"We're in for the long haul," said Jim Turpin, a volunteer at Under the Hood Cafe and Outreach Center. On Sunday, Oct. 7, the 11th* anniversary of the war in Afghanistan, the cafe will hold an Austin fundraiser – called Hoodstock – to support its military outreach program. "It's incredibly important," Turpin said, "that the cafe stay open."
Under the Hood Cafe is modeled after the late 1960s anti-war cafe The Oleo Strut, which was also based near Fort Hood, and helped GIs returning from Vietnam. Today, Under the Hood is one of only three anti-war veterans cafes in the world. With only one paid employee, Under the Hood is a largely volunteer nonprofit supported by several veterans' organizations, the most visible being the Iraq Veterans Against War, active at the cafe since its opening in March 2009. Its patrons include both active military and veterans, as well as family, friends, and community advocates who want to talk about the peace movement, inadequacies in military health care, and the redeployment of soldiers who are not fully recovered. "There's been a tsunami of soldiers coming back – active duty and vets," Turpin explained, "[who] are not getting the mental and behavioral health care they need."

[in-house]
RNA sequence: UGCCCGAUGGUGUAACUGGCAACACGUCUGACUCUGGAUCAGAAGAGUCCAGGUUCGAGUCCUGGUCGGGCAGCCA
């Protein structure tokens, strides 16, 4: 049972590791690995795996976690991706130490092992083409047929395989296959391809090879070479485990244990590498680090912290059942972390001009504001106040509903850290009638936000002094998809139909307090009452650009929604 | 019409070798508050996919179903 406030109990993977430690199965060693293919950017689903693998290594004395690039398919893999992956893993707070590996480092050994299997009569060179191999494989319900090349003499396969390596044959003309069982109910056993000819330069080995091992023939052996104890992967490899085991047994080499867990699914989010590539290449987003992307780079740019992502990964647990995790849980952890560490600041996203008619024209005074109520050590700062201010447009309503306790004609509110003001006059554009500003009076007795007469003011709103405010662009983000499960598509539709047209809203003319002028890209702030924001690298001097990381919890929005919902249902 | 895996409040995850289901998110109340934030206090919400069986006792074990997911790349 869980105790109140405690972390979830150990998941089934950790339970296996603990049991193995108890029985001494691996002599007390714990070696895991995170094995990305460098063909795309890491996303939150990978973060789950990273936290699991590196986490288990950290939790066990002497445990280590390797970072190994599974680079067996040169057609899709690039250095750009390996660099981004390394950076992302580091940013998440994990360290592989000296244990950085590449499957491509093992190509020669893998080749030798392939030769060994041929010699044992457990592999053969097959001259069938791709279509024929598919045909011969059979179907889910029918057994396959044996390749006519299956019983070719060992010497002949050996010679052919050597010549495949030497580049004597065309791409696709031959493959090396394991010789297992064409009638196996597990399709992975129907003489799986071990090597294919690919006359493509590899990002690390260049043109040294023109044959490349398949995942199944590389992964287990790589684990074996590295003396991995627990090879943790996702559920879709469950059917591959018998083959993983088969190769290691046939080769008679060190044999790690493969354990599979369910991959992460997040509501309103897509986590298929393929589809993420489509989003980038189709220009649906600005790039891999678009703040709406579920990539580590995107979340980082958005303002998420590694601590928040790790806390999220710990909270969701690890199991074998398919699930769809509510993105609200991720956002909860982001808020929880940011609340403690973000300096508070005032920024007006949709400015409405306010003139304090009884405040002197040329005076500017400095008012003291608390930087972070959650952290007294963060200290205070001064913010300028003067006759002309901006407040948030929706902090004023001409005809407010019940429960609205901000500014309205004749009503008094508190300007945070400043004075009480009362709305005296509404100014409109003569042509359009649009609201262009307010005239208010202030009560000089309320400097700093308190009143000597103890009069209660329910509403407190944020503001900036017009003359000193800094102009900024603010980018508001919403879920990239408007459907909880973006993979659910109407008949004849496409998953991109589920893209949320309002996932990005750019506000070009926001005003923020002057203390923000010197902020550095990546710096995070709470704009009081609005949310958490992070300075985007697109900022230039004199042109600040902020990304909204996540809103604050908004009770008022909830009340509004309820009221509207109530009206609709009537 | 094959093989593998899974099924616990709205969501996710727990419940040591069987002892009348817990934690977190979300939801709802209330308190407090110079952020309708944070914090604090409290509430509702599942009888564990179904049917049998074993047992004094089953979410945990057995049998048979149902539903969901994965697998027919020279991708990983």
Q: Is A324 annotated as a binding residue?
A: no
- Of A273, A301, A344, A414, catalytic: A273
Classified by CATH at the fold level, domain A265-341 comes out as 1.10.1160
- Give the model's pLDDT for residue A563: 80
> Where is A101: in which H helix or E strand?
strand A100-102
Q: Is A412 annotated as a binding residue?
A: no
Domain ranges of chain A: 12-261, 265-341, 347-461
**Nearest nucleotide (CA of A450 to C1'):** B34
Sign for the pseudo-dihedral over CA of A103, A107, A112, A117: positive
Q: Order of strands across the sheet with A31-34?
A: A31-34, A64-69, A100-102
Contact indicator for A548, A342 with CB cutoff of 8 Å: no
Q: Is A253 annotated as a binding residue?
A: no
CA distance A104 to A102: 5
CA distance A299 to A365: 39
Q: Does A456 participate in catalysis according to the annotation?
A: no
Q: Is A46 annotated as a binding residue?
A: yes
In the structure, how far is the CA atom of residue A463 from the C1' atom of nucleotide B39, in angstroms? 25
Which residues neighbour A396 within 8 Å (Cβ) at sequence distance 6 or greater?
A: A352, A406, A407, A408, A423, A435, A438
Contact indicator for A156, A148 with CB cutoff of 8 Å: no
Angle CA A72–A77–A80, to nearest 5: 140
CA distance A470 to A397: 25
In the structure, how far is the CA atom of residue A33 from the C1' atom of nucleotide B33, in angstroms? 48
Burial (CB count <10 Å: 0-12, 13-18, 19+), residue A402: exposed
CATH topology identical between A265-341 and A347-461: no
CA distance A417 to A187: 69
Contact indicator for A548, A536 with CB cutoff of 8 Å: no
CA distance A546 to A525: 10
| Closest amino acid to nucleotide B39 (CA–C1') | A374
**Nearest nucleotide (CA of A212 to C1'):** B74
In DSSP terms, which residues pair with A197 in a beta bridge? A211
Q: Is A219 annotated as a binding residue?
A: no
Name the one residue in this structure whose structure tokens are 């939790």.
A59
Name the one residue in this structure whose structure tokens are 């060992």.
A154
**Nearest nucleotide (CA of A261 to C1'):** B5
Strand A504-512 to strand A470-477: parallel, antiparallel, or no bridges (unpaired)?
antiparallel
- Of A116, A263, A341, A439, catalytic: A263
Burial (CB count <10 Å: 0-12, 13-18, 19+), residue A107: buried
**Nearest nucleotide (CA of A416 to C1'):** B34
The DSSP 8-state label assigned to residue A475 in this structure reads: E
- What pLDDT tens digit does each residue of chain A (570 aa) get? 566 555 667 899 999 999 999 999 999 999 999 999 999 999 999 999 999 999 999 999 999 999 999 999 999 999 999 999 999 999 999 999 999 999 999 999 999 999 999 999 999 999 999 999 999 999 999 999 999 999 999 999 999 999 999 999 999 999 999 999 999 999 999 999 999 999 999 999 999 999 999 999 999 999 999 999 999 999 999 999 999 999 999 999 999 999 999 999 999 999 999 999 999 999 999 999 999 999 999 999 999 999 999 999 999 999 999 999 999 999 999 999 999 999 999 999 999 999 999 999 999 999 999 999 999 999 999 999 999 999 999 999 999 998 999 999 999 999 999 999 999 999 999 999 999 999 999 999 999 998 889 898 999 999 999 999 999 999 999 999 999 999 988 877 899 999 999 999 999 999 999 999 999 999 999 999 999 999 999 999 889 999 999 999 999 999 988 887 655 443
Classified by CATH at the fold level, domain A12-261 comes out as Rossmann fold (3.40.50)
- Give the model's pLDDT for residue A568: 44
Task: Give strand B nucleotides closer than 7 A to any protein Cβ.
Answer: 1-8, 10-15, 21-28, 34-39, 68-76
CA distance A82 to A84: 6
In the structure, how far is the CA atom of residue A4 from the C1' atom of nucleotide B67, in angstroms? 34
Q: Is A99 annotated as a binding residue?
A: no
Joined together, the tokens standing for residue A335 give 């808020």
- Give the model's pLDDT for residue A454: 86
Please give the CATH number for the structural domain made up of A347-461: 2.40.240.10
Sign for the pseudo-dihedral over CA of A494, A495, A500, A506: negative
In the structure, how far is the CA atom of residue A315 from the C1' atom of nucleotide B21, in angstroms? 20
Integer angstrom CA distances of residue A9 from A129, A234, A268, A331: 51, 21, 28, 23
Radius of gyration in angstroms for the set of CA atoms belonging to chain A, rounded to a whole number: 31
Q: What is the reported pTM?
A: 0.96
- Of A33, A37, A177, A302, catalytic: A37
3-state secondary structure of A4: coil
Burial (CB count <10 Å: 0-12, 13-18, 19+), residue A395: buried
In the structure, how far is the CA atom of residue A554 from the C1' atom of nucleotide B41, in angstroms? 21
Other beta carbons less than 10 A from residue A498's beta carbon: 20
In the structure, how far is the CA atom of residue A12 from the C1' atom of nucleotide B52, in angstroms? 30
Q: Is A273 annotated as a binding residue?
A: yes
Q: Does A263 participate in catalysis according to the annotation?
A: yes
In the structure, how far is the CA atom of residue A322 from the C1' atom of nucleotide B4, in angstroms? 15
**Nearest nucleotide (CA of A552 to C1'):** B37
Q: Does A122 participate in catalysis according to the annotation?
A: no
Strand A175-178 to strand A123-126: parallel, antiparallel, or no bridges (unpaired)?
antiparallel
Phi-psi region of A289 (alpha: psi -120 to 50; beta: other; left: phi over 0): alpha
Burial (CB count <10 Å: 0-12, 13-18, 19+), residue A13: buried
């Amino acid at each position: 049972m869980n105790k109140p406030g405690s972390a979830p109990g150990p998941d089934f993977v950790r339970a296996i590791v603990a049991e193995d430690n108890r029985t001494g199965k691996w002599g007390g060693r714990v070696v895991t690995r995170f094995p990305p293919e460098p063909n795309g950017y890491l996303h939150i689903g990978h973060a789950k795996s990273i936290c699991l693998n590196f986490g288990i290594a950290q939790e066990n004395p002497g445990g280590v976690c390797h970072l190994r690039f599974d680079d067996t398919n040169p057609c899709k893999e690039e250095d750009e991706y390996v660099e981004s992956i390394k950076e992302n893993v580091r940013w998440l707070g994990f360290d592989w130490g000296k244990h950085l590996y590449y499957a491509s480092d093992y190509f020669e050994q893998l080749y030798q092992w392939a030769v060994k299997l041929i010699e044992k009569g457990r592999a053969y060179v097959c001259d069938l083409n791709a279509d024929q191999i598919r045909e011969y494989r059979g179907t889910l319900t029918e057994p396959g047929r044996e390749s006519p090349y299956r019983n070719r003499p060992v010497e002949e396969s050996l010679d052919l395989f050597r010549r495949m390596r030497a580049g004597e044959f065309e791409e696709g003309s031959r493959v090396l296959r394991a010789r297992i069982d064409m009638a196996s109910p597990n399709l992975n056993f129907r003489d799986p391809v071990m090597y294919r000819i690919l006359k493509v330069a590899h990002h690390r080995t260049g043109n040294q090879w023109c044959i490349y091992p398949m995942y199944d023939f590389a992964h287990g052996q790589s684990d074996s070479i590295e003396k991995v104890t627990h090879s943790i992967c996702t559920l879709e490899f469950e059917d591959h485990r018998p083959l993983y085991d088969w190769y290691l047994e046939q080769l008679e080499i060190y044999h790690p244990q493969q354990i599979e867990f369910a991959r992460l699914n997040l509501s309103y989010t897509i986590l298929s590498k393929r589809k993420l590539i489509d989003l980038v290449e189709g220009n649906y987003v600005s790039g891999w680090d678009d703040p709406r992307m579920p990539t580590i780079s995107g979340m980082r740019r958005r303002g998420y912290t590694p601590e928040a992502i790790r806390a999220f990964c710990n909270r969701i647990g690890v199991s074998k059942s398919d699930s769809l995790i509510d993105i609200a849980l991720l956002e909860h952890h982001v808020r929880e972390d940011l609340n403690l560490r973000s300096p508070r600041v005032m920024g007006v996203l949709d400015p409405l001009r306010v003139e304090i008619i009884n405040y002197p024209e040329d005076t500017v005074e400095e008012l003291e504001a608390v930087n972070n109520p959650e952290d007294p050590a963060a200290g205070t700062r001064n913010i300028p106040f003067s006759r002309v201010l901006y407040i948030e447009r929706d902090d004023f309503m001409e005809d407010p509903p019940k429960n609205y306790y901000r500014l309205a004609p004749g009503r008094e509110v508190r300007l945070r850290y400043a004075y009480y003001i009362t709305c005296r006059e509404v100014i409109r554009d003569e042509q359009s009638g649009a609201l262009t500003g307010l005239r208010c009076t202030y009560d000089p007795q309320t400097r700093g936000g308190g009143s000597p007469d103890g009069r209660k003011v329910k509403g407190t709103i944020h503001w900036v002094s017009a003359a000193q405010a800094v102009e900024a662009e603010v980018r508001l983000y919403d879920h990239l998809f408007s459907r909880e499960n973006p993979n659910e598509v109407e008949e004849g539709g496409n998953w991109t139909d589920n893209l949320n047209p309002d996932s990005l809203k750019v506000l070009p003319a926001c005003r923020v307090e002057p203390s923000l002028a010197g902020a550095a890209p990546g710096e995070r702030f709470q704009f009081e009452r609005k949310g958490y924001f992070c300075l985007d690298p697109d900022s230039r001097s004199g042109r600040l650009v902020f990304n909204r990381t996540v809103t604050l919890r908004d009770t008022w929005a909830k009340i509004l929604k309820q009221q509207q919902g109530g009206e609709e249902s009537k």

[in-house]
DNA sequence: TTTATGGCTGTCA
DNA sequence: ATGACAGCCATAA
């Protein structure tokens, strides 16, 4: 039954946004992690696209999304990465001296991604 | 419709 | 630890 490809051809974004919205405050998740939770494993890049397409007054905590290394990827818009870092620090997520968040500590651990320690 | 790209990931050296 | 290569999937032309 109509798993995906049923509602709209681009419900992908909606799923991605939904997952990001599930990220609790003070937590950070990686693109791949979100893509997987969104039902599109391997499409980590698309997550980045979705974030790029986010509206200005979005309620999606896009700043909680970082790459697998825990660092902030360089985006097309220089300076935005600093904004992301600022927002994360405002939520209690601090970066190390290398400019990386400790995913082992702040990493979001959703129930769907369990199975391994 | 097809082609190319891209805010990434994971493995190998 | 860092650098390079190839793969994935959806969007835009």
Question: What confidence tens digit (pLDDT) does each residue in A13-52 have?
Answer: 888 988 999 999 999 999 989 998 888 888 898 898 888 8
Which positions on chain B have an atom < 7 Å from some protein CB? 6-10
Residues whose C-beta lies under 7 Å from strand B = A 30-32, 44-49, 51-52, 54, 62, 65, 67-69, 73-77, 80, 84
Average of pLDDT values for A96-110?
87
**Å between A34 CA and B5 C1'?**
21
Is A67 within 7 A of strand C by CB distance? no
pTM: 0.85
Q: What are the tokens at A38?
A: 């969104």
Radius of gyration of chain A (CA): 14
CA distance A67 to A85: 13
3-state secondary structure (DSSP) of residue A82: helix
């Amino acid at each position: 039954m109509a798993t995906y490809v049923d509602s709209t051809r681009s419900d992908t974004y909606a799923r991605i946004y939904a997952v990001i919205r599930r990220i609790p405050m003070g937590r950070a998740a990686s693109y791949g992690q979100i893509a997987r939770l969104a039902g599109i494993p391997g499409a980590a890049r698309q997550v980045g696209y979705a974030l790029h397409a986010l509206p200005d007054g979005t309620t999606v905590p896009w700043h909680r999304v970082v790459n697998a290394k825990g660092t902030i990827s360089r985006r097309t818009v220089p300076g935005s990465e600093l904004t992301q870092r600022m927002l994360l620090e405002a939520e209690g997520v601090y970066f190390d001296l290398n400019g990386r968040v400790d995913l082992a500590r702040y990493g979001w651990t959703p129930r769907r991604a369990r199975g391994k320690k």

According to the Department of Veterans Affairs, in 2010, 18 veterans committed suicide each day. The link between military suicides and post-traumatic stress disorder has been firmly established and the military is struggling to cope with the numbers of affected soldiers.
"We're talking hundreds of thousands coming back with PTSD," Turpin said. "What we've been telling the brass at Fort Hood and around the country is 'stop redeploying traumatized troops.' When you do that over and over again, your suicide rates go through the roof. There [are] not enough counselors for the amount of soldiers coming back."
That's where Under the Hood comes in. As a nonmilitary safe space, the cafe allows open discussion and provides GI rights information, referrals for wellness services, and creative workshops such as Warrior Writers, in which soldiers and veterans come together to write or draw about their experiences. In addition, Under the Hood gives legal referrals that sometimes help soldiers achieve "conscientious objector" status, allowing them to leave the military for religious or ethical reasons. "Most are just happy to get into a nonmilitary place and find that another service member has had the same experience," Turpin said. "They know that vet has been where they've been, and it's incredibly powerful." That understanding is something the public can't share, because 99% of the population hasn't served: "This has been an invisible war for the American public," Turpin said.
On Oct. 7, it's the Austin public's chance to help the troops. The Fourth Annual Hoodstock will be at JAX Neighborhood Cafe. Hoodstock will be headlined by the Djembabes, Huerta Culture, and Schmillion. The night will also feature various speakers, a silent auction, and Under the Hood merchandise. A $10 donation is suggested at the door, and all proceeds will benefit the Under the Hood Cafe & Outreach Center.
The Under the Hood Cafe & Outreach Center is at 17 College St. in Killeen; 254/449-8811; www.underthehoodcafe.org.
*Correction: A previous version of this story listed the incorrect anniversary for the war in Afghanistan.
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